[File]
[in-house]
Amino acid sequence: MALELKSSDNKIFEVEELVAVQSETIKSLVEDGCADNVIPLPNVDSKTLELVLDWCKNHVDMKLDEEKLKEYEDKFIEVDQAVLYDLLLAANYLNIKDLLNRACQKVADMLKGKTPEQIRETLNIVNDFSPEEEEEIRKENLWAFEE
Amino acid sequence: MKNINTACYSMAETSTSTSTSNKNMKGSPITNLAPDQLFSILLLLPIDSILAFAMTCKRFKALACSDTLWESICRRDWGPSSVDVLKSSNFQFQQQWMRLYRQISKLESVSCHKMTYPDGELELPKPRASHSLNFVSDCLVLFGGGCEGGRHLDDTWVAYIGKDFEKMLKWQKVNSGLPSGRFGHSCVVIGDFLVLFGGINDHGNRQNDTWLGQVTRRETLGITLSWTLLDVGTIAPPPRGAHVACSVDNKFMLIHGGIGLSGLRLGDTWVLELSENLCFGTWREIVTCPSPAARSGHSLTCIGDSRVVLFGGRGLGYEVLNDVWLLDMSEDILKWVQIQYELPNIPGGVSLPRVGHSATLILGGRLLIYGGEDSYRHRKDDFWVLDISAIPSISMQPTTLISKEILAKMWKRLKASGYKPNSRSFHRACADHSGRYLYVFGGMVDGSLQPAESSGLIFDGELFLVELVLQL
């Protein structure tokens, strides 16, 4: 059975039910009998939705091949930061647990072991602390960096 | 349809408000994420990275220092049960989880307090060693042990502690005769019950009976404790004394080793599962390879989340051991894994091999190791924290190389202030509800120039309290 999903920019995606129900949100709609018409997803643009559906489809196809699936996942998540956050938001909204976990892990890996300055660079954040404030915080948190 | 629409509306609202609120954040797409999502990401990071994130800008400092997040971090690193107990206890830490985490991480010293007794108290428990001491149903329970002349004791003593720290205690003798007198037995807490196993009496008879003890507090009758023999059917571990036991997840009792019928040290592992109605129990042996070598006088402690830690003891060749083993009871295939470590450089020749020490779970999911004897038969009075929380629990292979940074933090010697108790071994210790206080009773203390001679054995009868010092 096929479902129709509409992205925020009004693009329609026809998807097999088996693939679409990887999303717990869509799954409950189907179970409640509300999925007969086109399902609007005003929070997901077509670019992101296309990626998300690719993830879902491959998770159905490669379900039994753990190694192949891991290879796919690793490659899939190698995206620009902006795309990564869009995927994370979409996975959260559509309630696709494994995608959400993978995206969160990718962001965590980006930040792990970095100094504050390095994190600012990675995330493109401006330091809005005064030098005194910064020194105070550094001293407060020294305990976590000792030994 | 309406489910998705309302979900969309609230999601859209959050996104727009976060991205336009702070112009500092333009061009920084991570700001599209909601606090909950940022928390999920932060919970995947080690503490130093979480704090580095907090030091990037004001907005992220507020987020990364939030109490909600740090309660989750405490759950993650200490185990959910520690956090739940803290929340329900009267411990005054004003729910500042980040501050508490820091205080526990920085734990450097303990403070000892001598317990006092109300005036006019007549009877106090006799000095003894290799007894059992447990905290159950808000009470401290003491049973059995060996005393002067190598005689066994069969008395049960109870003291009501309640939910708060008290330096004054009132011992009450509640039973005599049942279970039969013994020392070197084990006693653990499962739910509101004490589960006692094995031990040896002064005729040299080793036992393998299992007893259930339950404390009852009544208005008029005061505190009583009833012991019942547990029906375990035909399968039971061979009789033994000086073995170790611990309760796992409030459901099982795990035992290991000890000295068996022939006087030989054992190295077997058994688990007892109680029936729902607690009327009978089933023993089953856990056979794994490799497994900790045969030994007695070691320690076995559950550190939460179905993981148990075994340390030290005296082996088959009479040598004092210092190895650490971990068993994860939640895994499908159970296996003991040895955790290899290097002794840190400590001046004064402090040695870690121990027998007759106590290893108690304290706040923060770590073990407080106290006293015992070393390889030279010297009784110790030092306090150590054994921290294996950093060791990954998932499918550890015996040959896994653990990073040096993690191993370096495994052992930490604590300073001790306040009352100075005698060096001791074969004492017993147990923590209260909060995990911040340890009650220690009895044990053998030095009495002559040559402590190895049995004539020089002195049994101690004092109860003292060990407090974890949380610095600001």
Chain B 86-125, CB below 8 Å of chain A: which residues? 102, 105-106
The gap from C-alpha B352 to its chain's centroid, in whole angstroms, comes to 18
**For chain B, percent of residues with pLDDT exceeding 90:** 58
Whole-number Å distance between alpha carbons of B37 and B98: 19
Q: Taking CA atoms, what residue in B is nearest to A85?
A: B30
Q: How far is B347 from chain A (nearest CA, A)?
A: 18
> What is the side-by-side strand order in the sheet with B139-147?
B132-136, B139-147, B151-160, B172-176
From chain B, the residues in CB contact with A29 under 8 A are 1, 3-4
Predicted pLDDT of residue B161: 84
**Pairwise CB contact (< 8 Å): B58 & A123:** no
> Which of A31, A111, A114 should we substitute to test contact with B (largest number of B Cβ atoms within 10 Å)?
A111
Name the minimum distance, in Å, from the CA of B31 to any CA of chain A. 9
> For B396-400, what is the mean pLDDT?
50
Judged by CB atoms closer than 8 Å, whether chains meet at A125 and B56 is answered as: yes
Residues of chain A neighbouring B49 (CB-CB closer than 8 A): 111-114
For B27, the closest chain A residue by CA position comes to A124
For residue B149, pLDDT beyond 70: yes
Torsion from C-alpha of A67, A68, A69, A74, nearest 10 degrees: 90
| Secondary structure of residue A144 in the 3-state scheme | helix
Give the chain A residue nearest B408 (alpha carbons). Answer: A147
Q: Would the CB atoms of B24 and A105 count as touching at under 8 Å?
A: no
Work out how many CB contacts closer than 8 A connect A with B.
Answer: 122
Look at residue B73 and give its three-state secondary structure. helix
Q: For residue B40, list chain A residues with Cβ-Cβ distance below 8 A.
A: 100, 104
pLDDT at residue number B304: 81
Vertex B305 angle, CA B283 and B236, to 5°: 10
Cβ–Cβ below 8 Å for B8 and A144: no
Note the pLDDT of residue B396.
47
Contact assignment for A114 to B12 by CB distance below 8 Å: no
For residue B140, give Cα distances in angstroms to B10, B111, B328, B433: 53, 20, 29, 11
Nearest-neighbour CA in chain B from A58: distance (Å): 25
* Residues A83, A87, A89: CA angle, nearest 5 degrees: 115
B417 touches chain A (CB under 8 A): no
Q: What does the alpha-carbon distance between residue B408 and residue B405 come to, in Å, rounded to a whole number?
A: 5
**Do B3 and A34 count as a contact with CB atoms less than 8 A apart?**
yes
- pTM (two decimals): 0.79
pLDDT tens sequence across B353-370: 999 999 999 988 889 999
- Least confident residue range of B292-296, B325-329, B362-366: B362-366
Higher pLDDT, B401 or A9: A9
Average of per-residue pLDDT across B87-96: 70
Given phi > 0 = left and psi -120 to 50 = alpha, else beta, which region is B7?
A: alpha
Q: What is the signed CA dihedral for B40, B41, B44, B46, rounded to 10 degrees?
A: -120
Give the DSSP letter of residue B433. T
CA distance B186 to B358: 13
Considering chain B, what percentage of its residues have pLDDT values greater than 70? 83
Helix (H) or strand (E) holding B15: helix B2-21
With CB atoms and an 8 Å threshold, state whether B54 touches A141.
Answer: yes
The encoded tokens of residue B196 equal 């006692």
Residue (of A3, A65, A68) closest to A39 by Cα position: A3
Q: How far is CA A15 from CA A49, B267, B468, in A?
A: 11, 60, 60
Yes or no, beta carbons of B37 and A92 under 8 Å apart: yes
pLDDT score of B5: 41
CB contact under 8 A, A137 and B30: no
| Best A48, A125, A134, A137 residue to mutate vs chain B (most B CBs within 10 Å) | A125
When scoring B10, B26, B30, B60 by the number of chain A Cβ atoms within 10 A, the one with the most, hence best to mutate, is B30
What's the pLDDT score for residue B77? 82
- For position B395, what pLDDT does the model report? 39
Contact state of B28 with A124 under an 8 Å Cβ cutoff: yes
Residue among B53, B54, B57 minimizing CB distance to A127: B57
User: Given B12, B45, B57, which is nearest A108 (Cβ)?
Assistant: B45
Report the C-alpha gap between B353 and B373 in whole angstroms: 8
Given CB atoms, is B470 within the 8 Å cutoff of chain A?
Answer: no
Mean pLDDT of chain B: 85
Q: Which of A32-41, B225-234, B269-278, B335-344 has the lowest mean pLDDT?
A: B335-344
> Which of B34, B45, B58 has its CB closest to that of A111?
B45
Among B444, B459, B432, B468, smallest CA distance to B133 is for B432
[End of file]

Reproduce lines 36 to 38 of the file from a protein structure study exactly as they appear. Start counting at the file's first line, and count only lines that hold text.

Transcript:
A: 100, 104
pLDDT at residue number B304: 81
Vertex B305 angle, CA B283 and B236, to 5°: 10